Saturday, September 27, 2014

bike share - in New Jersey and at Princeton U

Hoboken, Jersey City and Weehawken had announced that they planned to introduce New Jersey's 
first bike-share network, "Bike and Roll". However  the three Hudson County municipalities ultimately 
went in two separate directions, with Hoboken and Weehawken planning to roll out 300 bikes between 
them by the end of November and Jersey City hoping to bring 500 to 600 Citi Bikes to its streets by next year.

Read the NYT article here.

One of the commenters refers repeatedly to the GMTMA's late, lamented "Freewheels" aka "Yellow Bikes" program
although it isn't clear whether said commenter ever participated in the program, either as a rider or as a fixer-upper.

Friday, September 19, 2014

NYT op-ed piece by Timothy Egan

Read the article here. It concerns a recent fatal accident where
a cyclist was run over by a left-turning truck at an intersection, on
the Second Avenue Protected Bike Lane in downtown Seattle,
where Egan resides. Views of the bike lane are here and here;
a related article is here.

Friday, September 5, 2014

organized event tomorrow: Third Annual "Sourland Spectacular" Bicycle Rally

Click on the link below to learn more.


Start/end location is at the Otto Kaufman Community Center which
is just off 601 (Great Road) near Montgomery HS.  View a map.

Thursday, September 4, 2014

NYT article: Jersey City gets a car-free zone

Flying in the face of a century of development — to say nothing of New Jersey's identity —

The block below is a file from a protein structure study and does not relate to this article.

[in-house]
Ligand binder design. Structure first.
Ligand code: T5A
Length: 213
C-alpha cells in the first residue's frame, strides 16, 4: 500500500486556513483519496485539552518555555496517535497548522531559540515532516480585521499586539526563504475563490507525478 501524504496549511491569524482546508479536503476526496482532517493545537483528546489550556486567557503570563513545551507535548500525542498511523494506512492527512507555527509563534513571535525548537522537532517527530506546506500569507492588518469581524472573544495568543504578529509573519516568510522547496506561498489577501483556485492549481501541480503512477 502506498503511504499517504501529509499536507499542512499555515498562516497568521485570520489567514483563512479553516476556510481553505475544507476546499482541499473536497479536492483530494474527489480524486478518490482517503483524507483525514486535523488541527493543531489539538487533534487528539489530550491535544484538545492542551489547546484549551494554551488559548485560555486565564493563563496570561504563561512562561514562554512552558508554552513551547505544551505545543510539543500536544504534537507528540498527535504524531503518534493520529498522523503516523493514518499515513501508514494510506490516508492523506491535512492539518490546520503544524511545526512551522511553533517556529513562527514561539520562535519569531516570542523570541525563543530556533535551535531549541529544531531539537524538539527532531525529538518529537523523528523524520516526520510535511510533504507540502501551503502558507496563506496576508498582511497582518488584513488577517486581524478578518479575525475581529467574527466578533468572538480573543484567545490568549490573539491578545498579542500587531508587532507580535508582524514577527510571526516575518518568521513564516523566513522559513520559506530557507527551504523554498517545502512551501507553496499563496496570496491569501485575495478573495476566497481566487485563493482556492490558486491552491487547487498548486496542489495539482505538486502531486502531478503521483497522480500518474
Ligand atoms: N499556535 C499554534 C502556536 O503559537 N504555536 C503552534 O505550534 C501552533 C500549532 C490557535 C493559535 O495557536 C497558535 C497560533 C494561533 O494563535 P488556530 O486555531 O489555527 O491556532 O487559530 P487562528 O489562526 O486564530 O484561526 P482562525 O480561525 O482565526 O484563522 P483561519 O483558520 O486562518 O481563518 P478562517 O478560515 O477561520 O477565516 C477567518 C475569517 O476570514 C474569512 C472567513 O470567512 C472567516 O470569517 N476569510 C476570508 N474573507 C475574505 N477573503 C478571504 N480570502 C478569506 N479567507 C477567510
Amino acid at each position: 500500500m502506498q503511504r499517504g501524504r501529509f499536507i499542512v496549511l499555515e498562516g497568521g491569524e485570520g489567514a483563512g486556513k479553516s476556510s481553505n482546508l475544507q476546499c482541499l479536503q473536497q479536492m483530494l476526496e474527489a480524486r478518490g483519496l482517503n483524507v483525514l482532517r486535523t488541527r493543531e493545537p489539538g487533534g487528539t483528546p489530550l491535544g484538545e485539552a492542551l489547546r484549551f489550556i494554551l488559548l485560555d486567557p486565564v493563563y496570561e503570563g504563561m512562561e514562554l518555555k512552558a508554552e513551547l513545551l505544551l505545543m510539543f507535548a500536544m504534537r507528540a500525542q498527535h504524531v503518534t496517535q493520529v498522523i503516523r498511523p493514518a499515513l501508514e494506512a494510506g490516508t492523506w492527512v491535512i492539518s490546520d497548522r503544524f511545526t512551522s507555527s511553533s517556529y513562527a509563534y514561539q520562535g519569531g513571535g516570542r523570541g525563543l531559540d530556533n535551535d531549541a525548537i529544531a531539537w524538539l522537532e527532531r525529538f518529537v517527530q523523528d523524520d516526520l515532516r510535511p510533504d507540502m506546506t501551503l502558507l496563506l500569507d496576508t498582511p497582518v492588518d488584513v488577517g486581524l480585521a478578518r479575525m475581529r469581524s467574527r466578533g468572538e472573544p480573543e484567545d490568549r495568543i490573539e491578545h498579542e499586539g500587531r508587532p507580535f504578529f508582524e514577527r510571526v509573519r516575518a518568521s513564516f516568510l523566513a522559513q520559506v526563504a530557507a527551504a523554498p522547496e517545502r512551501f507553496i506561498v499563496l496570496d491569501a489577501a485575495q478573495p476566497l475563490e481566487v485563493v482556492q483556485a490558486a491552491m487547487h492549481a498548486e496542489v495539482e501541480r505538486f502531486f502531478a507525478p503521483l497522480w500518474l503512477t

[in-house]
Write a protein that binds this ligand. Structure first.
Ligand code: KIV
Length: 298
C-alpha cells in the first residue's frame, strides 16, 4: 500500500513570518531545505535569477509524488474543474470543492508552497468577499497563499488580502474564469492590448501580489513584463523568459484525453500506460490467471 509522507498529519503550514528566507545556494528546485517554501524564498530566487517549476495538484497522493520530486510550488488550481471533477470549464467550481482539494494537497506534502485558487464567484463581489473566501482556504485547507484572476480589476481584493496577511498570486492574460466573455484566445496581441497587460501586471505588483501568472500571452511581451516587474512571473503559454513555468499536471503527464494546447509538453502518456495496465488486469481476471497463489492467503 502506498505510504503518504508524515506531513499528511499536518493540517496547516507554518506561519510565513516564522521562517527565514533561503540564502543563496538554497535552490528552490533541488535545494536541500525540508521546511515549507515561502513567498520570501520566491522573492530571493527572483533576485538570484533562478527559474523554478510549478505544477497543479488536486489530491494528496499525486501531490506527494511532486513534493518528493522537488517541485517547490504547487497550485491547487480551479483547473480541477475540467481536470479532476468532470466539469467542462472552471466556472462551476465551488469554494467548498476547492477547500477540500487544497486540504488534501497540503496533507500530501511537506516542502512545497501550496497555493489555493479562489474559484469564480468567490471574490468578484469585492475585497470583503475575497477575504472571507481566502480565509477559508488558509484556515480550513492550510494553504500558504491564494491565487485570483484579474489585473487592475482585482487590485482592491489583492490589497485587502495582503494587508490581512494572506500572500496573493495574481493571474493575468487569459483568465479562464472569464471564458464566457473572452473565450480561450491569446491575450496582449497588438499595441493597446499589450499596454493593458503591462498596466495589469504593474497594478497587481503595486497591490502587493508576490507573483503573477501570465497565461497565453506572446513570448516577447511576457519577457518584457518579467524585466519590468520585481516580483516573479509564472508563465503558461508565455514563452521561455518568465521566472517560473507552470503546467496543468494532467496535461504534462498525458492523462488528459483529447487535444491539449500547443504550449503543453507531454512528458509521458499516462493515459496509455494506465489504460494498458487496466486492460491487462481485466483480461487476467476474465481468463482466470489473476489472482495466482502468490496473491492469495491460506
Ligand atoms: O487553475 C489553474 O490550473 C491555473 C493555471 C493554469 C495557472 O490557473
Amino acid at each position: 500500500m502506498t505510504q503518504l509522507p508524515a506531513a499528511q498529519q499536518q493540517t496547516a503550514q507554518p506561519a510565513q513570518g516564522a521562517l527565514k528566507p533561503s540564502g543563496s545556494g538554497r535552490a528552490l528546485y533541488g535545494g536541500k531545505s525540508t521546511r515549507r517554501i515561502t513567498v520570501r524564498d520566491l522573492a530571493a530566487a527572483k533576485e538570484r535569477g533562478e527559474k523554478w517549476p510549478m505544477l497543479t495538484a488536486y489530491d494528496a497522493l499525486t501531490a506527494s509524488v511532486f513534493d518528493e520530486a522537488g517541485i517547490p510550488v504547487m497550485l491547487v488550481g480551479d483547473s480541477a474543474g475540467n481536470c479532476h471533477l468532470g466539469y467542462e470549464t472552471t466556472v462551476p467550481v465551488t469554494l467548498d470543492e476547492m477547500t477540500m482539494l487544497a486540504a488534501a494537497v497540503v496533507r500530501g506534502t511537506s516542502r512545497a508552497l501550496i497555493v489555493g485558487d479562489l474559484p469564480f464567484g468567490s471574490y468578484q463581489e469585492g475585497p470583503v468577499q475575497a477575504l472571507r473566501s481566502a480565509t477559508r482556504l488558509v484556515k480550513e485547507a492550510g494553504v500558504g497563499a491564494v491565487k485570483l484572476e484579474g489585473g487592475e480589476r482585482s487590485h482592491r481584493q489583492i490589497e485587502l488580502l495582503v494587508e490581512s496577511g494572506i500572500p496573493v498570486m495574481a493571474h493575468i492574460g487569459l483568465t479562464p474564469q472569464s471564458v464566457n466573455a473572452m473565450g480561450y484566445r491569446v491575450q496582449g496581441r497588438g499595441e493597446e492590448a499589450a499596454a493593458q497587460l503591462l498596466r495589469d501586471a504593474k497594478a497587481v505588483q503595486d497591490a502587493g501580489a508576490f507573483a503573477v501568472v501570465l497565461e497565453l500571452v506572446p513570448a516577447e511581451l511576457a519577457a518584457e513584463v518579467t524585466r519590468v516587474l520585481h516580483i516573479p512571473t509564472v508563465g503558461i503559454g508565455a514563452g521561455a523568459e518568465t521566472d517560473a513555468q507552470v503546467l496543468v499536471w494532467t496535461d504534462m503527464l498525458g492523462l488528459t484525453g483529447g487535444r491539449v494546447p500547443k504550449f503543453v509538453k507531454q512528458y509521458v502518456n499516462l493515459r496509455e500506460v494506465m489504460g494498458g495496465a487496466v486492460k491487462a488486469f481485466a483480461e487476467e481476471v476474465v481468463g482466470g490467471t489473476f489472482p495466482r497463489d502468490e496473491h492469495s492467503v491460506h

Jersey City closed Newark Avenue between Grove and Erie Streets to cars and trucks as of Aug. 19.
The closing, which is in effect from 3 p.m. until midnight on weekdays and throughout the weekend,
is a trial effort set to run through the end of October. 

The move to shut down a blocklong stretch of downtown Jersey City's main thoroughfare is just one of
many steps that Mayor Steven Fulop's administration has taken in an attempt to help tame the streets
of the state's second-largest city. These initiatives — the creation of pedestrian plazas, bicycle lanes,
slow zones and even a tentative bike-sharing network — would be familiar to many New Yorkers. But can
pedestrians and cyclists really get a foothold in a city that often feels to some like little more than an
on-ramp to the Holland Tunnel, especially in a state where toll increases and road closings can create
political potholes for elected officials?

To read the entire article, click here.

In Jersey City, 41% of households have no car, ranking behind NYC (56%) and Newark (44%).